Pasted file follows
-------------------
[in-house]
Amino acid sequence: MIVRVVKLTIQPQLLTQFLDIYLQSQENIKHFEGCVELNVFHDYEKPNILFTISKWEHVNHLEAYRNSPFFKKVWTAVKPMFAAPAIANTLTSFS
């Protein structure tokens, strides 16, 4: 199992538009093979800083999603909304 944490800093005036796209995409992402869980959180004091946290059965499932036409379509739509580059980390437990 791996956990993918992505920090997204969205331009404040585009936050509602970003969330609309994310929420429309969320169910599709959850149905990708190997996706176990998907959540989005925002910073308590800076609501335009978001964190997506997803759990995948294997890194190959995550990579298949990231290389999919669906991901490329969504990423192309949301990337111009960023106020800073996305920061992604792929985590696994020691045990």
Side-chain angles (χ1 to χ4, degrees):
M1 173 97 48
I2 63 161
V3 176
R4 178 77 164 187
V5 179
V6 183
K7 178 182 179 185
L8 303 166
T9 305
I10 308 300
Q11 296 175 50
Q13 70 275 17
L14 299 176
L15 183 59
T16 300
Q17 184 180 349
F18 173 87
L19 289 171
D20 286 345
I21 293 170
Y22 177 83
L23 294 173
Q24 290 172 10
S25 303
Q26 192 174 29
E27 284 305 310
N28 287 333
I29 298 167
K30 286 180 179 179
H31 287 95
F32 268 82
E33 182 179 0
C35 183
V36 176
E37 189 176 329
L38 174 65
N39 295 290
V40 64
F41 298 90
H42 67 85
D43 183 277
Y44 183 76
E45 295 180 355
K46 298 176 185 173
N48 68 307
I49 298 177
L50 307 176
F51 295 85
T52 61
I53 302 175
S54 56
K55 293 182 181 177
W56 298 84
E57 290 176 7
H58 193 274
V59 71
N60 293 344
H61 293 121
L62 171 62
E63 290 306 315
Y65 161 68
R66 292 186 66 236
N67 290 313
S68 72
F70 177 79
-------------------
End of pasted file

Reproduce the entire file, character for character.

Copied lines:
[in-house]
Amino acid sequence: MIVRVVKLTIQPQLLTQFLDIYLQSQENIKHFEGCVELNVFHDYEKPNILFTISKWEHVNHLEAYRNSPFFKKVWTAVKPMFAAPAIANTLTSFS
């Protein structure tokens, strides 16, 4: 199992538009093979800083999603909304 944490800093005036796209995409992402869980959180004091946290059965499932036409379509739509580059980390437990 791996956990993918992505920090997204969205331009404040585009936050509602970003969330609309994310929420429309969320169910599709959850149905990708190997996706176990998907959540989005925002910073308590800076609501335009978001964190997506997803759990995948294997890194190959995550990579298949990231290389999919669906991901490329969504990423192309949301990337111009960023106020800073996305920061992604792929985590696994020691045990």
Side-chain angles (χ1 to χ4, degrees):
M1 173 97 48
I2 63 161
V3 176
R4 178 77 164 187
V5 179
V6 183
K7 178 182 179 185
L8 303 166
T9 305
I10 308 300
Q11 296 175 50
Q13 70 275 17
L14 299 176
L15 183 59
T16 300
Q17 184 180 349
F18 173 87
L19 289 171
D20 286 345
I21 293 170
Y22 177 83
L23 294 173
Q24 290 172 10
S25 303
Q26 192 174 29
E27 284 305 310
N28 287 333
I29 298 167
K30 286 180 179 179
H31 287 95
F32 268 82
E33 182 179 0
C35 183
V36 176
E37 189 176 329
L38 174 65
N39 295 290
V40 64
F41 298 90
H42 67 85
D43 183 277
Y44 183 76
E45 295 180 355
K46 298 176 185 173
N48 68 307
I49 298 177
L50 307 176
F51 295 85
T52 61
I53 302 175
S54 56
K55 293 182 181 177
W56 298 84
E57 290 176 7
H58 193 274
V59 71
N60 293 344
H61 293 121
L62 171 62
E63 290 306 315
Y65 161 68
R66 292 186 66 236
N67 290 313
S68 72
F70 177 79